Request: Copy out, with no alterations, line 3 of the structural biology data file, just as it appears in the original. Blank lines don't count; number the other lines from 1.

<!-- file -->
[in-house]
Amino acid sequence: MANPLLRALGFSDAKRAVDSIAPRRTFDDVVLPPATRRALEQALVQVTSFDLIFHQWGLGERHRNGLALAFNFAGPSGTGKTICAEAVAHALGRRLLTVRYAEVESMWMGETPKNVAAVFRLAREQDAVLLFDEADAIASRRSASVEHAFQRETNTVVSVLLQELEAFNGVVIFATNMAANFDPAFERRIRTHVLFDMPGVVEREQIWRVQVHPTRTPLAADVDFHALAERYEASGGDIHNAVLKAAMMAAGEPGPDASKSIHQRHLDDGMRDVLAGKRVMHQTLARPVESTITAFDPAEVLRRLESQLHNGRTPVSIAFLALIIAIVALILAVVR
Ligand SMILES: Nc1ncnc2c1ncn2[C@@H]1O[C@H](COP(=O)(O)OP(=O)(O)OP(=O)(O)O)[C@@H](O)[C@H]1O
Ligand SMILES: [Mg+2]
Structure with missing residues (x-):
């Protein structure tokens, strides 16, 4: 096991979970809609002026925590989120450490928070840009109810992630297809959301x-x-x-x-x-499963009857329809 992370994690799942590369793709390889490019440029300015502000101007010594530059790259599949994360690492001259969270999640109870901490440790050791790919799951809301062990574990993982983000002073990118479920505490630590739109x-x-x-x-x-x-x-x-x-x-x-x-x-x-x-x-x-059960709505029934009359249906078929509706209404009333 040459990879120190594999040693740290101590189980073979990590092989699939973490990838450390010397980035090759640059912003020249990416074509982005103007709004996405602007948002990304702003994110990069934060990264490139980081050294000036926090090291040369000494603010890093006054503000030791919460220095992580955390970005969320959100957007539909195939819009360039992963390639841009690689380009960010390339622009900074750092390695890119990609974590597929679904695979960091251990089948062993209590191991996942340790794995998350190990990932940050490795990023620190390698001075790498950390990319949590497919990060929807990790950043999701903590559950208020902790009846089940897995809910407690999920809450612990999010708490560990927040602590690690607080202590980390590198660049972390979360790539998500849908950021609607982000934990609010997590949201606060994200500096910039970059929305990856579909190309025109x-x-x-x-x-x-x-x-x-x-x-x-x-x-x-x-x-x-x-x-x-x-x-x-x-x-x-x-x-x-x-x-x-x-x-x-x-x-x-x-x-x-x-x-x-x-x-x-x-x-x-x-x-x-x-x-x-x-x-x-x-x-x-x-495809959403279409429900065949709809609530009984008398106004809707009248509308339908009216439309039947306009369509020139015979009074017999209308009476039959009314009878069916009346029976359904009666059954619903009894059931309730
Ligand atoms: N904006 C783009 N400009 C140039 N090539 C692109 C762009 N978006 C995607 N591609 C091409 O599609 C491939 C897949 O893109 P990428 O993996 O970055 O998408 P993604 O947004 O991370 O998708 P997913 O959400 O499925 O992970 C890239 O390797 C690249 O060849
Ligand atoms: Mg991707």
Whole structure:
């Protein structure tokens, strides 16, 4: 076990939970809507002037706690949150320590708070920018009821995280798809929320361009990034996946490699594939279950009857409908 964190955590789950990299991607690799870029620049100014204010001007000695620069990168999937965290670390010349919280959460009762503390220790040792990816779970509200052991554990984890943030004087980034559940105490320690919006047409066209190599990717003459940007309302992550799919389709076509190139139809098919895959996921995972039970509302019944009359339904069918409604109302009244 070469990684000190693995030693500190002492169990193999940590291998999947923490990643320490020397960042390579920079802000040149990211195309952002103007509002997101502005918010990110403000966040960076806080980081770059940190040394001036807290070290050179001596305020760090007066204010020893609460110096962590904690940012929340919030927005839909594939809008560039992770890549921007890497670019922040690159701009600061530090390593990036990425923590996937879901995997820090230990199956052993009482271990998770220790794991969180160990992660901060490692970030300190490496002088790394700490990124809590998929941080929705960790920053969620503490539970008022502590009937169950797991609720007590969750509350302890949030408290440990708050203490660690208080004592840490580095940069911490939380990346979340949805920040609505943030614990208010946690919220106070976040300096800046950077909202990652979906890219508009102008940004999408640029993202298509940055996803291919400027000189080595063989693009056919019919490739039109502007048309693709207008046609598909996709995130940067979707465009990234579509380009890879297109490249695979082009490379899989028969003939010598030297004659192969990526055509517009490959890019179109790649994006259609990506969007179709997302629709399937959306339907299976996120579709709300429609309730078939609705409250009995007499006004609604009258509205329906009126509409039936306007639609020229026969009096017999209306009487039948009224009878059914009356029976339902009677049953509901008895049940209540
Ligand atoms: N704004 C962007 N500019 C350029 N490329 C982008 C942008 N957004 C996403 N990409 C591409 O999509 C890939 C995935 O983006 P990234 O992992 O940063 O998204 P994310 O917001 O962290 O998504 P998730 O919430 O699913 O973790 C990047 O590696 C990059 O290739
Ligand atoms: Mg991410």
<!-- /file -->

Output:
Ligand SMILES: Nc1ncnc2c1ncn2[C@@H]1O[C@H](COP(=O)(O)OP(=O)(O)OP(=O)(O)O)[C@@H](O)[C@H]1O